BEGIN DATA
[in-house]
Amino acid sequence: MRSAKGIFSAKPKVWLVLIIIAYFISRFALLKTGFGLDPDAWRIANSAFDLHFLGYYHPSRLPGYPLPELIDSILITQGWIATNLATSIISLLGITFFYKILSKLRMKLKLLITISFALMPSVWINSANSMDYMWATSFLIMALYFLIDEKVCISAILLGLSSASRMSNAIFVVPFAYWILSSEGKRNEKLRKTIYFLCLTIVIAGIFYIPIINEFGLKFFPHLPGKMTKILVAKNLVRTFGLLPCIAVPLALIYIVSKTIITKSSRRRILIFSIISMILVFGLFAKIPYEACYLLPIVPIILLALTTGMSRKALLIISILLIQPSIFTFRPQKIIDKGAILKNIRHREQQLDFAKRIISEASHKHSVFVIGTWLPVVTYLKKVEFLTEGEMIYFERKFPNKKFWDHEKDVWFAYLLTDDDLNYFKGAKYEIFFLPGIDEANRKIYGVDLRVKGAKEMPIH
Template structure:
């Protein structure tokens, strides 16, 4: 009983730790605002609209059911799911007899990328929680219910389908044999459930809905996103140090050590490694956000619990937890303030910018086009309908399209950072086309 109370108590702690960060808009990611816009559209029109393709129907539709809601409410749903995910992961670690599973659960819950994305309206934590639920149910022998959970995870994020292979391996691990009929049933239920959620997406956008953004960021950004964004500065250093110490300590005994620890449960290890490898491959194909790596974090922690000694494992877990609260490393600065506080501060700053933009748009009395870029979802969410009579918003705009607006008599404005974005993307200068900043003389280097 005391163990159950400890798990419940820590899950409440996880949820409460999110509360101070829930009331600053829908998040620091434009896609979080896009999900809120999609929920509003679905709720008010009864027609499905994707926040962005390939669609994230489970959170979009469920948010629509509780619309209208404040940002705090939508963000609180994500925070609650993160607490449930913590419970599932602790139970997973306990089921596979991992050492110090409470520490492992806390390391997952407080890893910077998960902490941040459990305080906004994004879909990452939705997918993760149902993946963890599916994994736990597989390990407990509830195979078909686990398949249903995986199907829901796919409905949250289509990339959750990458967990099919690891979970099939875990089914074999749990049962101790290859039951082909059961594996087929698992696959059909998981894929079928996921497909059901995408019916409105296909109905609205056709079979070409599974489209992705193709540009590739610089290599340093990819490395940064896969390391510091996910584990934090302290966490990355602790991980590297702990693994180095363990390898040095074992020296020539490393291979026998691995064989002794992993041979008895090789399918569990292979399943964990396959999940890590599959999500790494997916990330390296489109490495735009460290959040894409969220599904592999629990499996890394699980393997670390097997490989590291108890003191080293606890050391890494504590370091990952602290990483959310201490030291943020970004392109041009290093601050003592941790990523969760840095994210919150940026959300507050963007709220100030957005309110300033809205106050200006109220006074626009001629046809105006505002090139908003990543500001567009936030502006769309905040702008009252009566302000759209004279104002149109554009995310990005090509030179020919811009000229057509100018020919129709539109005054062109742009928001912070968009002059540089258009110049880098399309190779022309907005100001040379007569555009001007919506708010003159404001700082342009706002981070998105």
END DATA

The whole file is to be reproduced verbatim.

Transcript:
[in-house]
Amino acid sequence: MRSAKGIFSAKPKVWLVLIIIAYFISRFALLKTGFGLDPDAWRIANSAFDLHFLGYYHPSRLPGYPLPELIDSILITQGWIATNLATSIISLLGITFFYKILSKLRMKLKLLITISFALMPSVWINSANSMDYMWATSFLIMALYFLIDEKVCISAILLGLSSASRMSNAIFVVPFAYWILSSEGKRNEKLRKTIYFLCLTIVIAGIFYIPIINEFGLKFFPHLPGKMTKILVAKNLVRTFGLLPCIAVPLALIYIVSKTIITKSSRRRILIFSIISMILVFGLFAKIPYEACYLLPIVPIILLALTTGMSRKALLIISILLIQPSIFTFRPQKIIDKGAILKNIRHREQQLDFAKRIISEASHKHSVFVIGTWLPVVTYLKKVEFLTEGEMIYFERKFPNKKFWDHEKDVWFAYLLTDDDLNYFKGAKYEIFFLPGIDEANRKIYGVDLRVKGAKEMPIH
Template structure:
């Protein structure tokens, strides 16, 4: 009983730790605002609209059911799911007899990328929680219910389908044999459930809905996103140090050590490694956000619990937890303030910018086009309908399209950072086309 109370108590702690960060808009990611816009559209029109393709129907539709809601409410749903995910992961670690599973659960819950994305309206934590639920149910022998959970995870994020292979391996691990009929049933239920959620997406956008953004960021950004964004500065250093110490300590005994620890449960290890490898491959194909790596974090922690000694494992877990609260490393600065506080501060700053933009748009009395870029979802969410009579918003705009607006008599404005974005993307200068900043003389280097 005391163990159950400890798990419940820590899950409440996880949820409460999110509360101070829930009331600053829908998040620091434009896609979080896009999900809120999609929920509003679905709720008010009864027609499905994707926040962005390939669609994230489970959170979009469920948010629509509780619309209208404040940002705090939508963000609180994500925070609650993160607490449930913590419970599932602790139970997973306990089921596979991992050492110090409470520490492992806390390391997952407080890893910077998960902490941040459990305080906004994004879909990452939705997918993760149902993946963890599916994994736990597989390990407990509830195979078909686990398949249903995986199907829901796919409905949250289509990339959750990458967990099919690891979970099939875990089914074999749990049962101790290859039951082909059961594996087929698992696959059909998981894929079928996921497909059901995408019916409105296909109905609205056709079979070409599974489209992705193709540009590739610089290599340093990819490395940064896969390391510091996910584990934090302290966490990355602790991980590297702990693994180095363990390898040095074992020296020539490393291979026998691995064989002794992993041979008895090789399918569990292979399943964990396959999940890590599959999500790494997916990330390296489109490495735009460290959040894409969220599904592999629990499996890394699980393997670390097997490989590291108890003191080293606890050391890494504590370091990952602290990483959310201490030291943020970004392109041009290093601050003592941790990523969760840095994210919150940026959300507050963007709220100030957005309110300033809205106050200006109220006074626009001629046809105006505002090139908003990543500001567009936030502006769309905040702008009252009566302000759209004279104002149109554009995310990005090509030179020919811009000229057509100018020919129709539109005054062109742009928001912070968009002059540089258009110049880098399309190779022309907005100001040379007569555009001007919506708010003159404001700082342009706002981070998105």